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ELECTIONS 14th Congressional Dist. candidate John Hosta on socialism, issues
by Carrie Maxwell, Windy City Times

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John Hosta is running in the Democratic primaries against six other candidates—Lauren Underwood, Daniel Roldan-Johnson, Matthew Brolley, George Weber, Victor Swanson and Jim Walz ( who ran in the 2016 general election against incumbent Rep. Randy Hultgren ). Hosta is a business owner and previously worked as an account executive with Merrill Lynch.

Windy City Times: Why did you decide to run?

John Hosta: Initially, it was because my business was directly affected by U.S. trade policies. I lost a considerable amount of business and Randy Hultgren ignored what was happening and embraced trade policies which have directly lead to our record national and personal debt. Recently however, now that I have gone deeper into politics I realize the corruption that takes place in areas like energy create serious environmental problems, healthcare that needlessly elevates costs and banking schemes that costs taxpayers billions. I am also concerned about our liberties, freedoms and privacy being stripped away and the lack of separation of powers since the Trump administration took over.

WCT: How would you approach the job differently than what the incumbent has done in the past? Will you hold regular town halls in the district?

JH: I will hold regular town halls throughout the district. The best ideas come from the council of many and communication with your constituents is key. I would not rubber stamp corporate agendas like Hultgren does.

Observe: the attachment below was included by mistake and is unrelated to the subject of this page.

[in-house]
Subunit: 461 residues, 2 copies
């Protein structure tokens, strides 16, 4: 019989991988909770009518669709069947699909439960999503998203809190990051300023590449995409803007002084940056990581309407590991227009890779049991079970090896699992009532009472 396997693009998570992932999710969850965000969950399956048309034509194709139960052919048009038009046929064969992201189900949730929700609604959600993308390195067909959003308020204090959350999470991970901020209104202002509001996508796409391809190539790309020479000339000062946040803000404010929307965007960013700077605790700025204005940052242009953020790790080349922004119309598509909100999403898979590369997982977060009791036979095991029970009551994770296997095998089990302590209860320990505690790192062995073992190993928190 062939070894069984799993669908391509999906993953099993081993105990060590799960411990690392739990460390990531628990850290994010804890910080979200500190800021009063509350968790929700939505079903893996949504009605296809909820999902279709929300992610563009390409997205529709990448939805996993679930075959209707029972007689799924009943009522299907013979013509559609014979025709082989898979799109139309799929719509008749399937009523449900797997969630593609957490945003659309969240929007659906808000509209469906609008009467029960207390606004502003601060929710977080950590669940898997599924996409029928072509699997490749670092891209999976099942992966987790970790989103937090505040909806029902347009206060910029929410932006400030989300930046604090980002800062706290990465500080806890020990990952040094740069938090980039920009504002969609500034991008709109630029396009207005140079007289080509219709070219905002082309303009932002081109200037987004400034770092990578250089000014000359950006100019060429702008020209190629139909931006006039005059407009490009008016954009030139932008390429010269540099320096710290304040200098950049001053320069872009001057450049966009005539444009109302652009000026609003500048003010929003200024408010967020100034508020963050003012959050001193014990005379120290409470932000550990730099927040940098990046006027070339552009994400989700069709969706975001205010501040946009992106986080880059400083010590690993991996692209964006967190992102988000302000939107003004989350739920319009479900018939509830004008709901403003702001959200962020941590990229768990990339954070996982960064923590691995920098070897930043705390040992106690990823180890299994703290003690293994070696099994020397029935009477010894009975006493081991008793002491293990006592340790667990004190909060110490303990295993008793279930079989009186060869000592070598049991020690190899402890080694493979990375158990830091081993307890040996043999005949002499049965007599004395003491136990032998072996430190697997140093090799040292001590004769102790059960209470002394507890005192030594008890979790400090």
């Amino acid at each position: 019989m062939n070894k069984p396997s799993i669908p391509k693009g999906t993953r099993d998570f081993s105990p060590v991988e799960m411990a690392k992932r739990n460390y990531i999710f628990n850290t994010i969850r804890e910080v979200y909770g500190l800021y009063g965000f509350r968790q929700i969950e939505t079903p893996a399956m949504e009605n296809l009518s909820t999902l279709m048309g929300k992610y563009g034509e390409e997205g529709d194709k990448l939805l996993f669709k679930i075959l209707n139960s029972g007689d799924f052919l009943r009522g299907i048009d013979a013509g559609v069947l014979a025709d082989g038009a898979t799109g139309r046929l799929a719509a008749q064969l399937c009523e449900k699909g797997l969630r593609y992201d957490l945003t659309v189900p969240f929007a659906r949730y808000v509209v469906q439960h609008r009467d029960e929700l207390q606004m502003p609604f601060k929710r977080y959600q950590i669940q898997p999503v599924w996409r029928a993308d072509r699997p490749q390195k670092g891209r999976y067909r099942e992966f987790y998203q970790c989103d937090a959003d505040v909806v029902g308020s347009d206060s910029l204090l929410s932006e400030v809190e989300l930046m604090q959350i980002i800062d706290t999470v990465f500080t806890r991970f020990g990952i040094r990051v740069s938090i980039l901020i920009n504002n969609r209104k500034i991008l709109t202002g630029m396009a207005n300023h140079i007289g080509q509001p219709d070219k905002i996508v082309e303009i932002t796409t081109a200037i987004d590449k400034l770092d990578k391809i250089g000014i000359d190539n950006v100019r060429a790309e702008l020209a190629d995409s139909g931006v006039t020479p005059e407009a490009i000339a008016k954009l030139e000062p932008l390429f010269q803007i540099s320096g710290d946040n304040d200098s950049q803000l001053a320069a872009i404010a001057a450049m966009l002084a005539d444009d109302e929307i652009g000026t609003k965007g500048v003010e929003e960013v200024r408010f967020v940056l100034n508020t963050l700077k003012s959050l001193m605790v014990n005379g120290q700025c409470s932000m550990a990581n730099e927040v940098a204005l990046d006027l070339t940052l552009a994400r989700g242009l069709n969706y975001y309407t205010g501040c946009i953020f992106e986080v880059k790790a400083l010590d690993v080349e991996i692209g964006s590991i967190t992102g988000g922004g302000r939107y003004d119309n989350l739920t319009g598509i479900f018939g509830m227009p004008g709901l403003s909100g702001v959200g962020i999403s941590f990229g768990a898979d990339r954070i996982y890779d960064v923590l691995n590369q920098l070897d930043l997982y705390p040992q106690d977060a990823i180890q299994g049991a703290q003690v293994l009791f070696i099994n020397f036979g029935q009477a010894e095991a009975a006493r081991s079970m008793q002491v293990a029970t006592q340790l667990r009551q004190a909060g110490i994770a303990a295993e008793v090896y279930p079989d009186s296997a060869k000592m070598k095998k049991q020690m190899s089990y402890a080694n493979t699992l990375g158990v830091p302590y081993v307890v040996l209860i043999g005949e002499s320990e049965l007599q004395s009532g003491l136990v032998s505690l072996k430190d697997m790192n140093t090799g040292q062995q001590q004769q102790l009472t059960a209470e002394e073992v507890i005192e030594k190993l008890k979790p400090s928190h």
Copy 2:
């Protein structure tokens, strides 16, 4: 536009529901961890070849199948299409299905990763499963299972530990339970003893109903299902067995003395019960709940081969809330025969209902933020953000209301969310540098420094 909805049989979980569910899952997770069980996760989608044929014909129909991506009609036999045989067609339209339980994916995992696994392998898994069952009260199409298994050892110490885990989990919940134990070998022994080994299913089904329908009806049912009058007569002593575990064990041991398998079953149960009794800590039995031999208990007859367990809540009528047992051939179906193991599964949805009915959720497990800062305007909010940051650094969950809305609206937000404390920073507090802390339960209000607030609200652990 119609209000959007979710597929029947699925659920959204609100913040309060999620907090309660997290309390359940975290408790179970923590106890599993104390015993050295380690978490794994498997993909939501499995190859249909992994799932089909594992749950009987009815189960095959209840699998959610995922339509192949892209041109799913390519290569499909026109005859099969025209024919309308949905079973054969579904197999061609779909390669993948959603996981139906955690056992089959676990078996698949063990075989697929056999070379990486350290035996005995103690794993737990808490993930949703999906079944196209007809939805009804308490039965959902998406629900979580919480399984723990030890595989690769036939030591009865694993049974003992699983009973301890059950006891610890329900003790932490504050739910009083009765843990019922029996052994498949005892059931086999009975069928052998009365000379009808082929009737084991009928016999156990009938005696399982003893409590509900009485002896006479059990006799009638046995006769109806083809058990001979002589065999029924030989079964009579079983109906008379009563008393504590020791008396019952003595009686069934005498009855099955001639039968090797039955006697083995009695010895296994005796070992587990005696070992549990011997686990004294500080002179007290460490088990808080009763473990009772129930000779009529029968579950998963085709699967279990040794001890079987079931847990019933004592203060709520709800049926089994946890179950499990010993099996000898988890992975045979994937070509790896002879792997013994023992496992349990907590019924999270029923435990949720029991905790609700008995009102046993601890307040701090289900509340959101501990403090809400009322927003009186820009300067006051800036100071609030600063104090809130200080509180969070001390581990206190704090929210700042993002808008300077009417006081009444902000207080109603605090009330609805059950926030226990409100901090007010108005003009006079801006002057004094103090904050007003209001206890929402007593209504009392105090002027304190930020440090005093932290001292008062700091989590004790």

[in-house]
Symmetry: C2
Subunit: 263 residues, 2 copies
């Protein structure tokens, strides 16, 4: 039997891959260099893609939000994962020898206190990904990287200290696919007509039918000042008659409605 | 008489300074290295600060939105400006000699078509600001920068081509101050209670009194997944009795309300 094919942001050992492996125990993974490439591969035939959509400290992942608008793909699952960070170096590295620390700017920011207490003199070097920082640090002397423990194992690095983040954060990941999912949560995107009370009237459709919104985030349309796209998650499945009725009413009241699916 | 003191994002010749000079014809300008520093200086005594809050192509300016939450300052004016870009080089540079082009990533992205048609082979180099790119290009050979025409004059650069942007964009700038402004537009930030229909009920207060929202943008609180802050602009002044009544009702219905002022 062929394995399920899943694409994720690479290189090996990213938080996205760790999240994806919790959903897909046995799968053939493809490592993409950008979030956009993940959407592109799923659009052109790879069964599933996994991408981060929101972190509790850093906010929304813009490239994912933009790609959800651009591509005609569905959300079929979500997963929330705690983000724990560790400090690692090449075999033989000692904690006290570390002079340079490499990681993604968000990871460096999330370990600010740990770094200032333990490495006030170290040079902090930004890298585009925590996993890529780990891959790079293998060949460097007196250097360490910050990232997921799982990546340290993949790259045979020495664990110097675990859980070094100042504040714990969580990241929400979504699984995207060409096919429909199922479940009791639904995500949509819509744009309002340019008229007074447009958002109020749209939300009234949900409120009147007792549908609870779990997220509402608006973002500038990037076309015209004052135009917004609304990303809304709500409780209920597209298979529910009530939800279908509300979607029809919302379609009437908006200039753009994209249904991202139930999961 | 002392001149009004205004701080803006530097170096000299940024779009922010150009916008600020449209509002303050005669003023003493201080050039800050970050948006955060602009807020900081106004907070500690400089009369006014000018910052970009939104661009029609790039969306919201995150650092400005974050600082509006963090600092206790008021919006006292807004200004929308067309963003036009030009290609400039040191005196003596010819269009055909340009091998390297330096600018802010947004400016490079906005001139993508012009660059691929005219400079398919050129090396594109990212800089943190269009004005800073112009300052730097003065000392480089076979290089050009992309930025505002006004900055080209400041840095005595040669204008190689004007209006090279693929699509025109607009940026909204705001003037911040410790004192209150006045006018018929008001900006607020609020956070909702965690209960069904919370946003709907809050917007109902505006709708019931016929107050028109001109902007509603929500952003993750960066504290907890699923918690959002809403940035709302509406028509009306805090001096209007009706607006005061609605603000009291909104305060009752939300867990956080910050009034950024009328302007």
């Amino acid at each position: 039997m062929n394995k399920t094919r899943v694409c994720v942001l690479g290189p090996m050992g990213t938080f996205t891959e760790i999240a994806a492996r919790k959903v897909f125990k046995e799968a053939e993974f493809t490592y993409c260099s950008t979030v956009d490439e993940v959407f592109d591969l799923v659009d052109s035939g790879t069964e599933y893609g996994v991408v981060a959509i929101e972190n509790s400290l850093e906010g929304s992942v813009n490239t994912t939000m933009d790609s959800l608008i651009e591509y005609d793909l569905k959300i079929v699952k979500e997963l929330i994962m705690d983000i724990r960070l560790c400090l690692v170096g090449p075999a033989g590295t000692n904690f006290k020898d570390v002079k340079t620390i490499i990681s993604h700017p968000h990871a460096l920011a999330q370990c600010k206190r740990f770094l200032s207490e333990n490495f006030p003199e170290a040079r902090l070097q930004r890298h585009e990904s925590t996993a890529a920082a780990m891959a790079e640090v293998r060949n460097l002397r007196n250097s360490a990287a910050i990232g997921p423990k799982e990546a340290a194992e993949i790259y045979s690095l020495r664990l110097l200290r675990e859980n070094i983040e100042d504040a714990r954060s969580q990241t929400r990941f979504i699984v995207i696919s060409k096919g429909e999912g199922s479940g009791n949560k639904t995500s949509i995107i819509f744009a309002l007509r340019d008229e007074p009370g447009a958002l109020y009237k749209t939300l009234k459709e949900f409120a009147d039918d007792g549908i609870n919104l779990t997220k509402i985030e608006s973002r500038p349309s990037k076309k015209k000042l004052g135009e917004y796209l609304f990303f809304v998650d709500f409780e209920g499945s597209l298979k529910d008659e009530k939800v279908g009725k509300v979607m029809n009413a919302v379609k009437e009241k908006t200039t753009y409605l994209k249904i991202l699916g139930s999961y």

WCT: There are six other candidates. What makes you stand out among them?

JH: If we are going to be progressive and move forward in social, economic, energy, health and liberty issues; we must continuously challenge and introduce new political concepts. That is what I will bring to this office. We simply cannot afford to regurgitate the same policies which have not swayed public support. If a politician cannot be innovative in thought then they will only compromise.

WCT: How will your experience as a business owner inform how you approach policy decisions?

JH: The best ideas come from the people around you and that became apparent early on as a business owner. I have learned that people with varying backgrounds offer perspectives that need to be discovered. Success comes from new viewpoints and having diverse voices. I also know how to budget which is very important as a legislator who has the power to vote on the national budget and tax bills.

WCT: Where do you fall on the spectrum politically? Would you say you are more of a centrist or to the far left or somewhere in-between?

JH: A centrist which is rare for a politician and realistically this is where most voters are. Many people might view me a bit to the right, but that is without understanding my views on all the issues.

WCT: What are the most important issues facing the country and how would you address them if elected?

JH: We have a vulnerable banking and currency structure. This vulnerability places our economy, the country and ultimately even our sovereignty at risk. We need a Federal Reserve that is owned, as it once was, by the people and a competitive banking environment which means breaking up big banks and not allowing them to merge into monopolies. Banks have risked our money with Wall Street ventures and real estate schemes that have already cost tax payers billions. If I was part of a joint effort to deprivatize the Federal Reserve, I would view it as an euphoric achievement.

Other important issues are net neutrality, agency power reduction, increased congressional oversight on agencies and funding toward unbiased energy and health research.

WCT: What grade level should civics be introduced and built upon in subsequent years?

JH: Decisions like this should be done on the local level.

WCT: Have you had any interactions with the LGBTQ community? If so, what were they?

JH: I have worked alongside interior designers who are gay and had great experiences with them. I have also employed transgender people over the years and they have always been my best employees. They are hard working, caring, compassionate and generous but, unfortunately, they are misunderstood by many.